Q: A nice-sounding professional man contacted me through an online dating site. After a phone chat, we agreed to meet for coffee. Forty-five minutes before the meeting, he called to say he might be "just a few minutes late." I showed up on time, but he still hadn't arrived after 30 minutes. I phoned and got his answering machine. I left a message that it didn't feel good to wait any longer and I was taking off. It's the next day, and I haven't heard from him. Now I'm wondering if I should have waited longer or left a message asking him to call so we could reschedule. Should I call him now? I guess I wanted to put the ball in his court to gauge his character. I have a history of men not calling or showing up as promised, and I'm tired of it.

Steve: My dear, you have already determined his character. No further calls are necessary. A gentleman would've called to apologize and reschedule. This professional man is no gentleman. Continue to discard the cads; eventually, you'll meet a man who respects you.

Mia: No way should you have waited any longer. The guy is a dud. Get back online and see who else wants to take you out.

Q: The other day an acquaintance called whom I hadn't spoken to in nearly a decade. A few days later, I got an e-mail from him saying that he and his wife were behind on their rent and would I be willing to send him a couple of thousand dollars. I was so taken aback that I didn't know how to respond. Then another friend e-mailed me and asked me for money, too. I didn't respond. Now when certain friends call, I feel nervous. Are they going to ask me for money too? I'm worried about my job. Do you have any advice on how I should handle this?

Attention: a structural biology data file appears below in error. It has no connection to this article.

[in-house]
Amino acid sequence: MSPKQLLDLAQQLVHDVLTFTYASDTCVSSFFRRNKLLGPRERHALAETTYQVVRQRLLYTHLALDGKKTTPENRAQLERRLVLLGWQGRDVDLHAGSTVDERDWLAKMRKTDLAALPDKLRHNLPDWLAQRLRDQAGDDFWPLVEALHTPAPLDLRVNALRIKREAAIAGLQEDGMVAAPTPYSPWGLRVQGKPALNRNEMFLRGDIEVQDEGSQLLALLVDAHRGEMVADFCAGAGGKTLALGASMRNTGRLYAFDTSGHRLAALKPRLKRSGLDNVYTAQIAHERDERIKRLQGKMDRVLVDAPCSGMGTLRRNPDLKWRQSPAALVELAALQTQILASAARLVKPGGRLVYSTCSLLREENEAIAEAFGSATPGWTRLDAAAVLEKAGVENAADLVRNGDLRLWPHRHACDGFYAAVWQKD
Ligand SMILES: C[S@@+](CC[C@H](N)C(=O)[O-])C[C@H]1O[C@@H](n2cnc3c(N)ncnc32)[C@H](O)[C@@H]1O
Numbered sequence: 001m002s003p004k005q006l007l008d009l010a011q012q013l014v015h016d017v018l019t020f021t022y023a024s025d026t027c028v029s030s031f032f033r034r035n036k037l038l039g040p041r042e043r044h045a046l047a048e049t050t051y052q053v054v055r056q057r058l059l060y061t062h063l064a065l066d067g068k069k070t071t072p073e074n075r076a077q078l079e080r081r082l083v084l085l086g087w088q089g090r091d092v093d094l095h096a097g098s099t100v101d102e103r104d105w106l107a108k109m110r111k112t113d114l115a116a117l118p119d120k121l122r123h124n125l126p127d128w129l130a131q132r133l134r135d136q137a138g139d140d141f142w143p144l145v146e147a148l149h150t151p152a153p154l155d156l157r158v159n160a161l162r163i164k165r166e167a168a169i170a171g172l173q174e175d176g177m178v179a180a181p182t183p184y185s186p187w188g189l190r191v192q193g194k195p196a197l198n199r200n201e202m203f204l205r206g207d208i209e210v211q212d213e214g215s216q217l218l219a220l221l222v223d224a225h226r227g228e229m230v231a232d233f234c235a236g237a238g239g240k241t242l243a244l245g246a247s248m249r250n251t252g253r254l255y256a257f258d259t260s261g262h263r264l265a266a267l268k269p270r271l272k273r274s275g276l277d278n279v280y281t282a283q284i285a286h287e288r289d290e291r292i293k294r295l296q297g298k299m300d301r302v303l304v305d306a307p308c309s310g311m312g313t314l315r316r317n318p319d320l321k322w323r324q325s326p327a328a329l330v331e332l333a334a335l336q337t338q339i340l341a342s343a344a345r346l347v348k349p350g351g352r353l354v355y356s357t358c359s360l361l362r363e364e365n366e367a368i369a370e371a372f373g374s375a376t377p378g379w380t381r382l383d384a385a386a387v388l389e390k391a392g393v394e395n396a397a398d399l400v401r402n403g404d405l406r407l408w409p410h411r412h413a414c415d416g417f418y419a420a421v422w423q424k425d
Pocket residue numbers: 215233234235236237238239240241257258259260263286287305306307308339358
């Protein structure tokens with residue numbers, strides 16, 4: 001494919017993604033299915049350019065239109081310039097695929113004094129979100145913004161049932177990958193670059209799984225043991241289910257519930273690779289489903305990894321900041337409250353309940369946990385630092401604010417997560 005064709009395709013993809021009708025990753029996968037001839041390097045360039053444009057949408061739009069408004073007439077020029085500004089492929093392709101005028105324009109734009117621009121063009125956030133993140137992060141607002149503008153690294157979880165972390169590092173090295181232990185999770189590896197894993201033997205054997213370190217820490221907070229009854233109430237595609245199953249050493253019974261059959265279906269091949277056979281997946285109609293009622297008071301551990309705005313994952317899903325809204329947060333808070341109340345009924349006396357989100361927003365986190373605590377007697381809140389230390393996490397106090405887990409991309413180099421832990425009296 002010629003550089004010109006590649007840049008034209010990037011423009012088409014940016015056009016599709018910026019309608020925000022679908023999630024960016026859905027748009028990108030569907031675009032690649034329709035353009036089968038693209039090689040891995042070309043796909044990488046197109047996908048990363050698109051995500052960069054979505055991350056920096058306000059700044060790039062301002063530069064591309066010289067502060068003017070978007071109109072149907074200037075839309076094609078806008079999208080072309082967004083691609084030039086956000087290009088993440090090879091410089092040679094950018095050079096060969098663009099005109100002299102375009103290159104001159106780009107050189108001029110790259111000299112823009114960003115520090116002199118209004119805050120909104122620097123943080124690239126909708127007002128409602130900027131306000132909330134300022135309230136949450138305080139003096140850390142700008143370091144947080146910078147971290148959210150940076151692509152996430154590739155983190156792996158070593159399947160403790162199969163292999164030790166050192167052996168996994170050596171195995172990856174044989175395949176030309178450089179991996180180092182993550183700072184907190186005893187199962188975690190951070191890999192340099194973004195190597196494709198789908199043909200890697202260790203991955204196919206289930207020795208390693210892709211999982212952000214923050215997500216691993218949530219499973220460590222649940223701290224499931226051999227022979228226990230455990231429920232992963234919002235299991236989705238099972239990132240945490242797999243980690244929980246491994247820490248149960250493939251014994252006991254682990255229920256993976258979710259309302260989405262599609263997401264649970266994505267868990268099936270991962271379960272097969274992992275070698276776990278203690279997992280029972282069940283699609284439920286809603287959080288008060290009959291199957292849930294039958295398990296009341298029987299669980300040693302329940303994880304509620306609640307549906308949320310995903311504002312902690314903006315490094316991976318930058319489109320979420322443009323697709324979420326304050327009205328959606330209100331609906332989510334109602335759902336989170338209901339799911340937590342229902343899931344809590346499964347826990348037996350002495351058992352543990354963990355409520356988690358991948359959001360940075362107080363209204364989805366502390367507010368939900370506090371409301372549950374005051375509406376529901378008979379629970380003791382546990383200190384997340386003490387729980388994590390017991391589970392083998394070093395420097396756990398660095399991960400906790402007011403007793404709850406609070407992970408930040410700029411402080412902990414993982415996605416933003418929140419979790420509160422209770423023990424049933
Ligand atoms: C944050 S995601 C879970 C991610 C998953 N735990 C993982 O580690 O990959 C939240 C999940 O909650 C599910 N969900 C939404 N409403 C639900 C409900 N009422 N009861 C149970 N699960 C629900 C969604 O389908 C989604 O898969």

Mia: With so many Americans out of work, this is something a lot of gainfully employed people are experiencing. But the hard truth is that although you want to help your friends, you have to put yourself first.

Would it hurt you financially if you lent money to a friend who never paid you back? I'm all for helping those experiencing hard times, but you shouldn't do it if it winds up hurting your own bottom line. Your friends, if they really are your friends, will understand.

Steve: Any kind of financial transaction with a friend is usually a bad idea. There may be other ways to help, though. Perhaps you could take them to lunch. Or, if they have children, send them some gifts. Listening as friends share their worries and offering advice can help, too. But you needn't feel guilty for not doling out cash.